In a novel deeply concerned with what it means to be free, animals represent the various forms of incarceration. The first animal we see is White Dog, a completely domesticated animal that relies completely on the family for sustenance. White Dog trusts the woman, his provider, so much that he offers no resistance when she kills him out of mercy. Here, White Dog represents many of the Japanese-Americans themselves, who trust the U.S. government so much that they consent to the injustice of being sent to the internment camps.
Unlike White Dog, the family’s caged bird does escape its imprisonment. It is the family’s domesticated pet, but the woman decides to releases the bird from its cage instead of killing it, because she knows it can survive in the wild. When she first lets it out, however, the bird refuses to be free, tapping on the windows to be let back in. Here, we see the psychological power of incarceration, and the feeling of safety and security that can come with imprisonment. The bird has internalized its status as a prisoner and does not want to give it up—the cage is comforting and familiar to it.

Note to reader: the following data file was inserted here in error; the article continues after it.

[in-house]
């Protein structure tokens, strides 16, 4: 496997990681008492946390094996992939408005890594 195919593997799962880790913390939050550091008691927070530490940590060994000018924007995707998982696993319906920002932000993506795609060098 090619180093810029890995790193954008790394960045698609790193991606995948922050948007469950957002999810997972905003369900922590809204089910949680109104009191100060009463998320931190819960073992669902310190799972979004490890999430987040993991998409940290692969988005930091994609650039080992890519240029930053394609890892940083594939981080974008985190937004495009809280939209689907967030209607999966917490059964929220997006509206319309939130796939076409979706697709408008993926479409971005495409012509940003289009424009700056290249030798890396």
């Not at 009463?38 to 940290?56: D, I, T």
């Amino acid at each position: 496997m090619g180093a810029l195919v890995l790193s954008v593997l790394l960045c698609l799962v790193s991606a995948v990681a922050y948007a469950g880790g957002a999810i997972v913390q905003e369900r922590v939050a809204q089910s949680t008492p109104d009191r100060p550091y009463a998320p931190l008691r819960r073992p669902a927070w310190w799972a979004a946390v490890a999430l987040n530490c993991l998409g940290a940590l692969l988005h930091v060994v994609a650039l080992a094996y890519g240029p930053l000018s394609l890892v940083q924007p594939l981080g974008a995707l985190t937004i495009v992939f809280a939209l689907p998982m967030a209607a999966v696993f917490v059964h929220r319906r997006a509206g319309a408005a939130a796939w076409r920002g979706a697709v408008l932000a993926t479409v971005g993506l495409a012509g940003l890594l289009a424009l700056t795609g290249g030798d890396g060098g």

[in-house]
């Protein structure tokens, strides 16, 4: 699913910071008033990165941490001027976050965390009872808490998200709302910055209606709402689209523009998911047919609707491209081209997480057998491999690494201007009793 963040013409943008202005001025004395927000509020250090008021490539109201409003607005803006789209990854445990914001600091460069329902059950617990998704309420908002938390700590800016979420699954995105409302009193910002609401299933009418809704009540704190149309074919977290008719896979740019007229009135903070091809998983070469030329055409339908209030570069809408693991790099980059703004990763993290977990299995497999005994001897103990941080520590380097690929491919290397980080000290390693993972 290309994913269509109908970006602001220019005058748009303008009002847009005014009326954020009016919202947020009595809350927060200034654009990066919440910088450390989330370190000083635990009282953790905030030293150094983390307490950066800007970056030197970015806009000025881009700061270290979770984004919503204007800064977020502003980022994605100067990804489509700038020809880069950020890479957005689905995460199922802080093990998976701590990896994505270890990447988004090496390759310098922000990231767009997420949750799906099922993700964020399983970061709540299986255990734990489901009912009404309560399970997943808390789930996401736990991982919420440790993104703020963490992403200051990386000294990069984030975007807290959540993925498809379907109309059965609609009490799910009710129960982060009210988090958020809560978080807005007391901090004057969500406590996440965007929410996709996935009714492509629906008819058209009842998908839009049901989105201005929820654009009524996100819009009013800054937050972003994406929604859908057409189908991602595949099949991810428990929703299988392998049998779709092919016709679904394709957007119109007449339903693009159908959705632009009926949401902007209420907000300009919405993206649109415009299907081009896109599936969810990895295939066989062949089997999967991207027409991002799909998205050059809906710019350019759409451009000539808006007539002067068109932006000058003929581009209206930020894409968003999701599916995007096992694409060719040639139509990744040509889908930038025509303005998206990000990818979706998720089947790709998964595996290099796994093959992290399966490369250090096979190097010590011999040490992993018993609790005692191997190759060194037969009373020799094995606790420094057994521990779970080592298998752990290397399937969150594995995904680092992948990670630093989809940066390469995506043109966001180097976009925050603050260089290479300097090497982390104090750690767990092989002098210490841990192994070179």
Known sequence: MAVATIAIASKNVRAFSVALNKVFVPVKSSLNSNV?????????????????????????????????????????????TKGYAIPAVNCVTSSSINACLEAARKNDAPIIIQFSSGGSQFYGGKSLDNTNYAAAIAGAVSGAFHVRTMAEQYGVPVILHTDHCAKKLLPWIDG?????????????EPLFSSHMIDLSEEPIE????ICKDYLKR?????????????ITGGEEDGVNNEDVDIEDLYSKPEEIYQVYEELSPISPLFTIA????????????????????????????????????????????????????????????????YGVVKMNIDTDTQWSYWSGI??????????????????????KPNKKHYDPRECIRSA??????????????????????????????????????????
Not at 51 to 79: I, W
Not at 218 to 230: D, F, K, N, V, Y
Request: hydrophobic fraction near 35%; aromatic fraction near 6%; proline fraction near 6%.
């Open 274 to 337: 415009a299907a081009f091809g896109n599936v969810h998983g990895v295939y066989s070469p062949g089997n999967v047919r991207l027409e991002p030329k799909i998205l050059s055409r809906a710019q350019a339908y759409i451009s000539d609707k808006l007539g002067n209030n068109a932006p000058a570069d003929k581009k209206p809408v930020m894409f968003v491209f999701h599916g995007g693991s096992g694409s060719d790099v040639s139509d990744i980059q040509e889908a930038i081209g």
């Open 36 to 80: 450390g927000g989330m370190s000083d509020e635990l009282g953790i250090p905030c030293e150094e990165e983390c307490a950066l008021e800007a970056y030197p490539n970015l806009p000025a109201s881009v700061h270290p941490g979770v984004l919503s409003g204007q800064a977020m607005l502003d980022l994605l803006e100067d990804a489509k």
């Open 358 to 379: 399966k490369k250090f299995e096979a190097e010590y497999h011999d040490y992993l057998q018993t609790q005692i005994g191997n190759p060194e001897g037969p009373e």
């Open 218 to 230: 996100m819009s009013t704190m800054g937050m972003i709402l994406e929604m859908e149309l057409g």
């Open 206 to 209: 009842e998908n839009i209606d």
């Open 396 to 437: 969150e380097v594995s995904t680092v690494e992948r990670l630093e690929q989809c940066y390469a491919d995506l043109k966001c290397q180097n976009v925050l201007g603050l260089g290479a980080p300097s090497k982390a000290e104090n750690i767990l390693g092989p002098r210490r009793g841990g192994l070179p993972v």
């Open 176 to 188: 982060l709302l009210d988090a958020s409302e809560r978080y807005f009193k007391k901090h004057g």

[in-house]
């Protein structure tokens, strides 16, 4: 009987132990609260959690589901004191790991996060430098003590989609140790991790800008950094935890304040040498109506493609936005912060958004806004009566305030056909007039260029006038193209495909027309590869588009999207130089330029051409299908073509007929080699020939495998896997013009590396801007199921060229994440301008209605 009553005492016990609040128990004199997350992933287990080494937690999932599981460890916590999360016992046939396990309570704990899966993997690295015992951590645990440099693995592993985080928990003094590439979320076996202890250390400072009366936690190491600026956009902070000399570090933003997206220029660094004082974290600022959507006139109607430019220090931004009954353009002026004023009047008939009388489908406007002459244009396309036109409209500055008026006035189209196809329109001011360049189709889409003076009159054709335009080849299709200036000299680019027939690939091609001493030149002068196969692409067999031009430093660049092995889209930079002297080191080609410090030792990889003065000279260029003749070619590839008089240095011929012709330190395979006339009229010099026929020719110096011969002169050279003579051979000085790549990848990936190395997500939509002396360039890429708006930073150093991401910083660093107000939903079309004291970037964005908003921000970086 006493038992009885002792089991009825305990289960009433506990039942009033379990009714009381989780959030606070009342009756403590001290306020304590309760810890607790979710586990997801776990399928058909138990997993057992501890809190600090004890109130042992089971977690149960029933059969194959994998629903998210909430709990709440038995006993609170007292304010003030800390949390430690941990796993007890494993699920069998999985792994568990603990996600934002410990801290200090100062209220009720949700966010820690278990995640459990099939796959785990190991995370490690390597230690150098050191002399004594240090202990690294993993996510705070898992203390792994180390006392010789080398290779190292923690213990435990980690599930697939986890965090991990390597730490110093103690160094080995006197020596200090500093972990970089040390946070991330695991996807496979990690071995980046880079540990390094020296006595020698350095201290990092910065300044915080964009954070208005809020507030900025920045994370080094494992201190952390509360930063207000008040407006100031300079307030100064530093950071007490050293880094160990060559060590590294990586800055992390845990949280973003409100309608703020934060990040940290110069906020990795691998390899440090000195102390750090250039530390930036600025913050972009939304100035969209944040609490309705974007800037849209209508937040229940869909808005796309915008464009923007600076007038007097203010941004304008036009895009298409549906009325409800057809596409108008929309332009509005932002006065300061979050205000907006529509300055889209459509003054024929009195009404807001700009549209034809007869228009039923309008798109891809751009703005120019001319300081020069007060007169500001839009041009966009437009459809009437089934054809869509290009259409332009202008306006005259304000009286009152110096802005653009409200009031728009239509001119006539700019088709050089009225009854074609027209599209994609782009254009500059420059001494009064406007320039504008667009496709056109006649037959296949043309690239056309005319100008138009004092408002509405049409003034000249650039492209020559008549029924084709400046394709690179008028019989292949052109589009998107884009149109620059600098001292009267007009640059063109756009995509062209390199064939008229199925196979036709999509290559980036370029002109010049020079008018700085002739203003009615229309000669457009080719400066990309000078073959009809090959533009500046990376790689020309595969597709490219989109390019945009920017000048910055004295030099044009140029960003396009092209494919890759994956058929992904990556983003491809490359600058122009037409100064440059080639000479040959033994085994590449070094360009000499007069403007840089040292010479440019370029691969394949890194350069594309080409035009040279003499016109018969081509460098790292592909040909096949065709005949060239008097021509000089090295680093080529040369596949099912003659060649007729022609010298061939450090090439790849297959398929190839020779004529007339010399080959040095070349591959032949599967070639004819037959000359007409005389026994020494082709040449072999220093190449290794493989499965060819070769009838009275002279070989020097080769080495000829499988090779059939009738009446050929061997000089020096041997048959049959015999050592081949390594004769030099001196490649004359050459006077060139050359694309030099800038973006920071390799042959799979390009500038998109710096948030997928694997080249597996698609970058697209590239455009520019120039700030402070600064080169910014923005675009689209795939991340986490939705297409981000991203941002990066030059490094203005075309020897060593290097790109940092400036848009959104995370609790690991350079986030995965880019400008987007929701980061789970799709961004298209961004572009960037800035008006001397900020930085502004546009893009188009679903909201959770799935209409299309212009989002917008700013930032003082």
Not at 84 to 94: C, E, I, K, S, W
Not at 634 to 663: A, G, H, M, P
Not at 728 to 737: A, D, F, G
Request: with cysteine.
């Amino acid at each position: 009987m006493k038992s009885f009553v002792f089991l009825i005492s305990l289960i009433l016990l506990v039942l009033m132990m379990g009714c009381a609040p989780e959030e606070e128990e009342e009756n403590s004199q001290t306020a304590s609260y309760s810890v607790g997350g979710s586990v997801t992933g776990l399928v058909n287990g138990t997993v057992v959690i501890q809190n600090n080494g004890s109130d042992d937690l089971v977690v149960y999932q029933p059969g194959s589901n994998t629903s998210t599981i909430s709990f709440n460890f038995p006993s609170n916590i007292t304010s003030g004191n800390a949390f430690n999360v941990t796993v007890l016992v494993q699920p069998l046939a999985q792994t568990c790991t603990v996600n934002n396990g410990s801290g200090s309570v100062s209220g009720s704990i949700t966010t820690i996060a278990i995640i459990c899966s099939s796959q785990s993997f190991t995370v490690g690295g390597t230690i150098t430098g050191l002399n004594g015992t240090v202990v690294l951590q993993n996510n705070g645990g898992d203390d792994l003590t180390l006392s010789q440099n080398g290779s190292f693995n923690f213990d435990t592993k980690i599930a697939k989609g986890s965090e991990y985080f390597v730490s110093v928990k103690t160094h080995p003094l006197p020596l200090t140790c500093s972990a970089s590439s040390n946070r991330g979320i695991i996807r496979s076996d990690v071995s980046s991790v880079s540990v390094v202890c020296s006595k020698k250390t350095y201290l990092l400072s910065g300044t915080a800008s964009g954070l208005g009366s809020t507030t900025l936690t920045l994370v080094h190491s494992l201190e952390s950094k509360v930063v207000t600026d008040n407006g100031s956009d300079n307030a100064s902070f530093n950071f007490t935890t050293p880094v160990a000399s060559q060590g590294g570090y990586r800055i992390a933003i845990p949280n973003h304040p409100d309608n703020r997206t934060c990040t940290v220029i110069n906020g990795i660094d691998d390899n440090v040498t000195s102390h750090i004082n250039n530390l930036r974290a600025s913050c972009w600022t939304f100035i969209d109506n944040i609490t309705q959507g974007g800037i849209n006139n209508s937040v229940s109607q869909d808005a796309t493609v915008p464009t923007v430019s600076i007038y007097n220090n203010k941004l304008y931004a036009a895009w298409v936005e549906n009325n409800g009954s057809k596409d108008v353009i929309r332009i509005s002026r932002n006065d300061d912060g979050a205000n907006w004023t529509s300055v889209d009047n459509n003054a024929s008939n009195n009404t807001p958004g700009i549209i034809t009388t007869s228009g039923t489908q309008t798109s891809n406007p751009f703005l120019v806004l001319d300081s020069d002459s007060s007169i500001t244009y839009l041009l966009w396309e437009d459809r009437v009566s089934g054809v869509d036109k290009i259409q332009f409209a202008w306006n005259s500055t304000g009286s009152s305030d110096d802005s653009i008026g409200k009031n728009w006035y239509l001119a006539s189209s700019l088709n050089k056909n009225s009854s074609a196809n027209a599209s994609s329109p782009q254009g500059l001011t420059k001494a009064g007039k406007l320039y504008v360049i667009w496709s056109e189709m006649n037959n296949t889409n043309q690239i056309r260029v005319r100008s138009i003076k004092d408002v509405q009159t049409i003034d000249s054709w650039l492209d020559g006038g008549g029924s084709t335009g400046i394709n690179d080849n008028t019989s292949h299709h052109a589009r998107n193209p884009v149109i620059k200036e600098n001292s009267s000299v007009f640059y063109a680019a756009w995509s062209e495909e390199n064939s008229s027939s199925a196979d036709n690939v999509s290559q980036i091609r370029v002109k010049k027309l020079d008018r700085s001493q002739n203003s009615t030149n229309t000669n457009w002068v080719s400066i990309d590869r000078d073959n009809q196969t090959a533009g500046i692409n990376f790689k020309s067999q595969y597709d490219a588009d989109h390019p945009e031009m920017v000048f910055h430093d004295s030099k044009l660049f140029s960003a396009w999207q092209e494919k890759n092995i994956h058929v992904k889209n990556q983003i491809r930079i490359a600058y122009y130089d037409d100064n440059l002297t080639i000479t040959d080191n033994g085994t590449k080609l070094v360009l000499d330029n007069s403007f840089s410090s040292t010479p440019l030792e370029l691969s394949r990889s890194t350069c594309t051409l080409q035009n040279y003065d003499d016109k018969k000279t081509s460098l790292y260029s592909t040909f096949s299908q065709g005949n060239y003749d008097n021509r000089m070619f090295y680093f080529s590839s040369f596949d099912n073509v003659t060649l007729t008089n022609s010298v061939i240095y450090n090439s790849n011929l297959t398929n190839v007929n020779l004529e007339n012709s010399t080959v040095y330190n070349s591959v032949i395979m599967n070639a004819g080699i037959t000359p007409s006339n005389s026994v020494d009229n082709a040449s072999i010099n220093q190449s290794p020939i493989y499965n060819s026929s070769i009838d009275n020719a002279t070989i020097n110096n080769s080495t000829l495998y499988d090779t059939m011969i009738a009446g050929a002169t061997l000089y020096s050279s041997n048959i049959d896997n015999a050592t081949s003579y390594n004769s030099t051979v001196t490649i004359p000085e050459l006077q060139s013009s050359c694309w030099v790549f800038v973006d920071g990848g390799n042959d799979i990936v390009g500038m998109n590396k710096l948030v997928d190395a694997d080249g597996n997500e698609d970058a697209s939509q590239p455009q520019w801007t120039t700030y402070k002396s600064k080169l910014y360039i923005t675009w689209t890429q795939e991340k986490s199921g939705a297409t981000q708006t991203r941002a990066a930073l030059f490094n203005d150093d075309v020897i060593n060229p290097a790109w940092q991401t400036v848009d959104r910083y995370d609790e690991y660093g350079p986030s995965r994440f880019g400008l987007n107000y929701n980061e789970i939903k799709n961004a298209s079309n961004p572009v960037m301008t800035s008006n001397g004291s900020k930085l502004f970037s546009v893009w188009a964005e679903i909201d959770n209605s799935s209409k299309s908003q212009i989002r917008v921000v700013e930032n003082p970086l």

Finally, the wild mustangs that the children see on the desert plain represent complete liberty. Running across the plain, the wild animals revel in their freedom. Looking out the window, the boy admires and longs for that freedom as his family hurdles toward the prison camp. For the boy, the horses represent that ideal state of freedom, which he will long for throughout the novel but never attain.